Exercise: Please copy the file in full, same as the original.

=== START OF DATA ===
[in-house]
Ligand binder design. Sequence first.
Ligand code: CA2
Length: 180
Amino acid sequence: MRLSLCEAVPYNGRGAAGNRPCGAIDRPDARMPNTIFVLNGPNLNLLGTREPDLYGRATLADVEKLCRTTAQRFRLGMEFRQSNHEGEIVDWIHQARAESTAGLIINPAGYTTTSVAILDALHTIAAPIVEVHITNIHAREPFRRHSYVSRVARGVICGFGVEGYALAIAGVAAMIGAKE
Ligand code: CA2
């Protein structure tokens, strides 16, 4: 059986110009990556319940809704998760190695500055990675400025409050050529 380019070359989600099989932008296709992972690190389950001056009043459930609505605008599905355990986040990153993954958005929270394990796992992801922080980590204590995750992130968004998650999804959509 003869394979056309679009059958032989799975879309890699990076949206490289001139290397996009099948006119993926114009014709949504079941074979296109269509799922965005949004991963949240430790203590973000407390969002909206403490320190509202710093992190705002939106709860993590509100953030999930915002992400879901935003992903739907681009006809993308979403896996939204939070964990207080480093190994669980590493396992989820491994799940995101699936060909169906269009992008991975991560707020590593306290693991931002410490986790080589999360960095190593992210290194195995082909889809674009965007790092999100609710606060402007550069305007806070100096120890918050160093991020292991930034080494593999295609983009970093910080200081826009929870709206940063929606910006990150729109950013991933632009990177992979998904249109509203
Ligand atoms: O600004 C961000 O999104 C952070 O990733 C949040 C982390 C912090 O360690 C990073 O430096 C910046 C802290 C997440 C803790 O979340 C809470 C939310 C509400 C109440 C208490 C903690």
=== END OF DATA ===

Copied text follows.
[in-house]
Ligand binder design. Sequence first.
Ligand code: CA2
Length: 180
Amino acid sequence: MRLSLCEAVPYNGRGAAGNRPCGAIDRPDARMPNTIFVLNGPNLNLLGTREPDLYGRATLADVEKLCRTTAQRFRLGMEFRQSNHEGEIVDWIHQARAESTAGLIINPAGYTTTSVAILDALHTIAAPIVEVHITNIHAREPFRRHSYVSRVARGVICGFGVEGYALAIAGVAAMIGAKE
Ligand code: CA2
């Protein structure tokens, strides 16, 4: 059986110009990556319940809704998760190695500055990675400025409050050529 380019070359989600099989932008296709992972690190389950001056009043459930609505605008599905355990986040990153993954958005929270394990796992992801922080980590204590995750992130968004998650999804959509 003869394979056309679009059958032989799975879309890699990076949206490289001139290397996009099948006119993926114009014709949504079941074979296109269509799922965005949004991963949240430790203590973000407390969002909206403490320190509202710093992190705002939106709860993590509100953030999930915002992400879901935003992903739907681009006809993308979403896996939204939070964990207080480093190994669980590493396992989820491994799940995101699936060909169906269009992008991975991560707020590593306290693991931002410490986790080589999360960095190593992210290194195995082909889809674009965007790092999100609710606060402007550069305007806070100096120890918050160093991020292991930034080494593999295609983009970093910080200081826009929870709206940063929606910006990150729109950013991933632009990177992979998904249109509203
Ligand atoms: O600004 C961000 O999104 C952070 O990733 C949040 C982390 C912090 O360690 C990073 O430096 C910046 C802290 C997440 C803790 O979340 C809470 C939310 C509400 C109440 C208490 C903690």